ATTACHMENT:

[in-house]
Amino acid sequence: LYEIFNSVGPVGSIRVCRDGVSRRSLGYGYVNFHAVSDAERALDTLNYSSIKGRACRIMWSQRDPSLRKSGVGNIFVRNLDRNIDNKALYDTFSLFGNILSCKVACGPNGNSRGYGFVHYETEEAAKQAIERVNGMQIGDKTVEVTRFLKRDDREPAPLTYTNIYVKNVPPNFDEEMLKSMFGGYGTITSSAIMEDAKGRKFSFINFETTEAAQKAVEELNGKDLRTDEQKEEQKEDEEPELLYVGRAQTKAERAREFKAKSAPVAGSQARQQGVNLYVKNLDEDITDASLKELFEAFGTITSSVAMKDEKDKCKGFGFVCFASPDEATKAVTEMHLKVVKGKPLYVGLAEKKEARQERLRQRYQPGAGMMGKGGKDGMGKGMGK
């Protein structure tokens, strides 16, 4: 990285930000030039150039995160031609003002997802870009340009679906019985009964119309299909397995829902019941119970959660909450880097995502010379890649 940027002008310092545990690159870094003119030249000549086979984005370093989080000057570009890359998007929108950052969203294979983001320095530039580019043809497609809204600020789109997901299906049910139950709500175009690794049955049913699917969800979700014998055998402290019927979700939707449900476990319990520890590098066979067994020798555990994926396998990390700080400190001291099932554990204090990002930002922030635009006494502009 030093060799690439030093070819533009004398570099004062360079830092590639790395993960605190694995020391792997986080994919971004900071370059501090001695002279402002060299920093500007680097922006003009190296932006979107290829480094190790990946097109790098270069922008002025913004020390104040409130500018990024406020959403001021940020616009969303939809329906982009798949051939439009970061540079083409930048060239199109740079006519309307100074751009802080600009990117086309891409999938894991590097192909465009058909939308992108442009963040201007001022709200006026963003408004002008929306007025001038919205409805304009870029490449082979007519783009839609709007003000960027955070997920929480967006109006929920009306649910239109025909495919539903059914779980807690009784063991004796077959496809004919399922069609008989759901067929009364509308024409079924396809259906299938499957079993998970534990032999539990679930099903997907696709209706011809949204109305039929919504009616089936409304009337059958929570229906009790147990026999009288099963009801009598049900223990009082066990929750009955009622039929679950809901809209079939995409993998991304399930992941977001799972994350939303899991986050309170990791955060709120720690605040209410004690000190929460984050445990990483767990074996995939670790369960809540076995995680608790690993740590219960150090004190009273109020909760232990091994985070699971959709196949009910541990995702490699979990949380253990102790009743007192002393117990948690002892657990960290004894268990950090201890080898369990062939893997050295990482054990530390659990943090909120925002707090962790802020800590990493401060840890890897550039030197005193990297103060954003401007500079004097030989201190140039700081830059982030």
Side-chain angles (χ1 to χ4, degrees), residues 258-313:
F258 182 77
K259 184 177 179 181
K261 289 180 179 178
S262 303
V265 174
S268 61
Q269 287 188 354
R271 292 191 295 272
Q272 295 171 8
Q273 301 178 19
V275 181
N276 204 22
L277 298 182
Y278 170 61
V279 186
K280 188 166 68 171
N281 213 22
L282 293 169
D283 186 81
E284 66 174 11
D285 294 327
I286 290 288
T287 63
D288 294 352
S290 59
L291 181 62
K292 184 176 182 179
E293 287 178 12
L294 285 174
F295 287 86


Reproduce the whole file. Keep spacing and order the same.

[in-house]
Amino acid sequence: LYEIFNSVGPVGSIRVCRDGVSRRSLGYGYVNFHAVSDAERALDTLNYSSIKGRACRIMWSQRDPSLRKSGVGNIFVRNLDRNIDNKALYDTFSLFGNILSCKVACGPNGNSRGYGFVHYETEEAAKQAIERVNGMQIGDKTVEVTRFLKRDDREPAPLTYTNIYVKNVPPNFDEEMLKSMFGGYGTITSSAIMEDAKGRKFSFINFETTEAAQKAVEELNGKDLRTDEQKEEQKEDEEPELLYVGRAQTKAERAREFKAKSAPVAGSQARQQGVNLYVKNLDEDITDASLKELFEAFGTITSSVAMKDEKDKCKGFGFVCFASPDEATKAVTEMHLKVVKGKPLYVGLAEKKEARQERLRQRYQPGAGMMGKGGKDGMGKGMGK
């Protein structure tokens, strides 16, 4: 990285930000030039150039995160031609003002997802870009340009679906019985009964119309299909397995829902019941119970959660909450880097995502010379890649 940027002008310092545990690159870094003119030249000549086979984005370093989080000057570009890359998007929108950052969203294979983001320095530039580019043809497609809204600020789109997901299906049910139950709500175009690794049955049913699917969800979700014998055998402290019927979700939707449900476990319990520890590098066979067994020798555990994926396998990390700080400190001291099932554990204090990002930002922030635009006494502009 030093060799690439030093070819533009004398570099004062360079830092590639790395993960605190694995020391792997986080994919971004900071370059501090001695002279402002060299920093500007680097922006003009190296932006979107290829480094190790990946097109790098270069922008002025913004020390104040409130500018990024406020959403001021940020616009969303939809329906982009798949051939439009970061540079083409930048060239199109740079006519309307100074751009802080600009990117086309891409999938894991590097192909465009058909939308992108442009963040201007001022709200006026963003408004002008929306007025001038919205409805304009870029490449082979007519783009839609709007003000960027955070997920929480967006109006929920009306649910239109025909495919539903059914779980807690009784063991004796077959496809004919399922069609008989759901067929009364509308024409079924396809259906299938499957079993998970534990032999539990679930099903997907696709209706011809949204109305039929919504009616089936409304009337059958929570229906009790147990026999009288099963009801009598049900223990009082066990929750009955009622039929679950809901809209079939995409993998991304399930992941977001799972994350939303899991986050309170990791955060709120720690605040209410004690000190929460984050445990990483767990074996995939670790369960809540076995995680608790690993740590219960150090004190009273109020909760232990091994985070699971959709196949009910541990995702490699979990949380253990102790009743007192002393117990948690002892657990960290004894268990950090201890080898369990062939893997050295990482054990530390659990943090909120925002707090962790802020800590990493401060840890890897550039030197005193990297103060954003401007500079004097030989201190140039700081830059982030």
Side-chain angles (χ1 to χ4, degrees), residues 258-313:
F258 182 77
K259 184 177 179 181
K261 289 180 179 178
S262 303
V265 174
S268 61
Q269 287 188 354
R271 292 191 295 272
Q272 295 171 8
Q273 301 178 19
V275 181
N276 204 22
L277 298 182
Y278 170 61
V279 186
K280 188 166 68 171
N281 213 22
L282 293 169
D283 186 81
E284 66 174 11
D285 294 327
I286 290 288
T287 63
D288 294 352
S290 59
L291 181 62
K292 184 176 182 179
E293 287 178 12
L294 285 174
F295 287 86